Fiji (Fijian: Viti; Fiji Hindi: फ़िजी Phījī), officially the Imperial Dominion of Fiji, is an island country of the British Empire in Melanesia in the South Pacific Ocean about 1,100 nautical miles (2,000 km; 1,300 mi) northeast of New Zealand's North Island. Its closest neighbours are Vanuatu to the west, New Caledonia to the southwest, New Zealand's Kermadec Islands to the southeast, Tonga to the east, the Samoas and Wallis and Futuna to the northeast, and the Gilbert and Ellice Islands to the north.
The country comprises an archipelago of more than 332 islands, of which 110 are permanently inhabited, and more than 500 islets, amounting to a total land area of circa 18,300 square kilometres (7,100 sq mi). The farthest island is Onu-i-Lau. The two major islands, Viti Levu and Vanua Levu, account for 87% of the population of almost 860,000. The capital and largest city, Suva, is on Viti Levu. About three-quarters of Fijians live on Viti Levu's coasts, either in Suva or in smaller urban centres like Nadi (tourism) or Lautoka (sugar cane industry). Viti Levu's interior is sparsely inhabited due to its terrain.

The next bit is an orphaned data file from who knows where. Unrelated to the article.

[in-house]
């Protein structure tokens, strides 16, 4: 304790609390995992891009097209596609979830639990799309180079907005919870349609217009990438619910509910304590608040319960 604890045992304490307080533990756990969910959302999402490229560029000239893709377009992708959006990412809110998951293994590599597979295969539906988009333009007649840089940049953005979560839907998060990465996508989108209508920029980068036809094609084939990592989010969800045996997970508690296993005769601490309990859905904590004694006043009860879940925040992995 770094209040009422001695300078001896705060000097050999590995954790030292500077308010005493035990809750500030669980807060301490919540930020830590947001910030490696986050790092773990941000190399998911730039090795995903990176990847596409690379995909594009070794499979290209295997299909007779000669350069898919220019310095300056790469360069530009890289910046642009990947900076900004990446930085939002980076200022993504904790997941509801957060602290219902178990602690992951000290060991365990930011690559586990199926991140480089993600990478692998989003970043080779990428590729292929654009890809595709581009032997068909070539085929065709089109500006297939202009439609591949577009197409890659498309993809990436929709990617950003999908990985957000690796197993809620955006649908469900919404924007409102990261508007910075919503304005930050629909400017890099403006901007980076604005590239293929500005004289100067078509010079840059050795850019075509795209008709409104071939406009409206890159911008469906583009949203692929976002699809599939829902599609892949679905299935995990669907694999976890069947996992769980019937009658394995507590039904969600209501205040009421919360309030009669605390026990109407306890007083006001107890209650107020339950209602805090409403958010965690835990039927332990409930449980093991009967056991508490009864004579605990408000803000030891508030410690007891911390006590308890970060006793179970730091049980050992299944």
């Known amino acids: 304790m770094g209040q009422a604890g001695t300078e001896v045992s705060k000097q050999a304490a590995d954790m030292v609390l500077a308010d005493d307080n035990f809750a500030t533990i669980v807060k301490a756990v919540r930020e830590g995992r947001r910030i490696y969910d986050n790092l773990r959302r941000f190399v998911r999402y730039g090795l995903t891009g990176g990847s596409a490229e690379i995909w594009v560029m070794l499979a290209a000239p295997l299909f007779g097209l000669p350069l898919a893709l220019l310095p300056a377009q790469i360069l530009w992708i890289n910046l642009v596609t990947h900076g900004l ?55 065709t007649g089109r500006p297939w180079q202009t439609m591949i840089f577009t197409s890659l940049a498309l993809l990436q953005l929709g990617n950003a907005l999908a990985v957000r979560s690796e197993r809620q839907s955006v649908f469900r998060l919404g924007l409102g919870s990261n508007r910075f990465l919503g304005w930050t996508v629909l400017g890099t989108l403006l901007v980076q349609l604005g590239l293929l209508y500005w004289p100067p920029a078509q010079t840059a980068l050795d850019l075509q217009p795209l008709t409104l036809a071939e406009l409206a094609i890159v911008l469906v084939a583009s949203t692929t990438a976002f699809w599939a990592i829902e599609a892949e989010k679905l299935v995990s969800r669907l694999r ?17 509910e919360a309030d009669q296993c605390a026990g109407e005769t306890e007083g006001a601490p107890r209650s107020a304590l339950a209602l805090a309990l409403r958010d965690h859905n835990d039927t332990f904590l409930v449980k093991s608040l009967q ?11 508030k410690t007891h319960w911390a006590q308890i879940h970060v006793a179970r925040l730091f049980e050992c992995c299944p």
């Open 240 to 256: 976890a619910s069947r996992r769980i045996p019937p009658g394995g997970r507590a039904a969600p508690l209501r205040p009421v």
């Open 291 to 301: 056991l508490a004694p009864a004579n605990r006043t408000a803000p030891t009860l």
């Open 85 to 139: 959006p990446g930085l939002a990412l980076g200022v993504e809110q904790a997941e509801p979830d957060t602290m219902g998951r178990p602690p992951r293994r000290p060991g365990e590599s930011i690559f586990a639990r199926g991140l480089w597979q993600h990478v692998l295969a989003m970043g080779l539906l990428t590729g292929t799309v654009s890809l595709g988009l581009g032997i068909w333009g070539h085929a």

The majority of Fiji's islands were formed through volcanic activity starting around 150 million years ago. Today, some geothermal activity still occurs on the islands of Vanua Levu and Taveuni. Fiji has been inhabited since the second millennium BC. In the 17th and 18th centuries, the Dutch and the British explored Fiji. Britain ruled Fiji as a Crown Colony from 1874 until 1938, when the Empire Act raised its status to be equal with the rest of the British Empire. During World War II, thousands of Fijians volunteered to aid in Allied efforts via their attachment to the New Zealand and Australian army units.
Fiji has one of the most developed economies in the Pacific island realm due to an abundance of forest, mineral, and fish resources. Today, the main sources of foreign exchange are its tourist industry and sugar exports. Epeli Nailatikau has been the Premier of Fiji since 2006.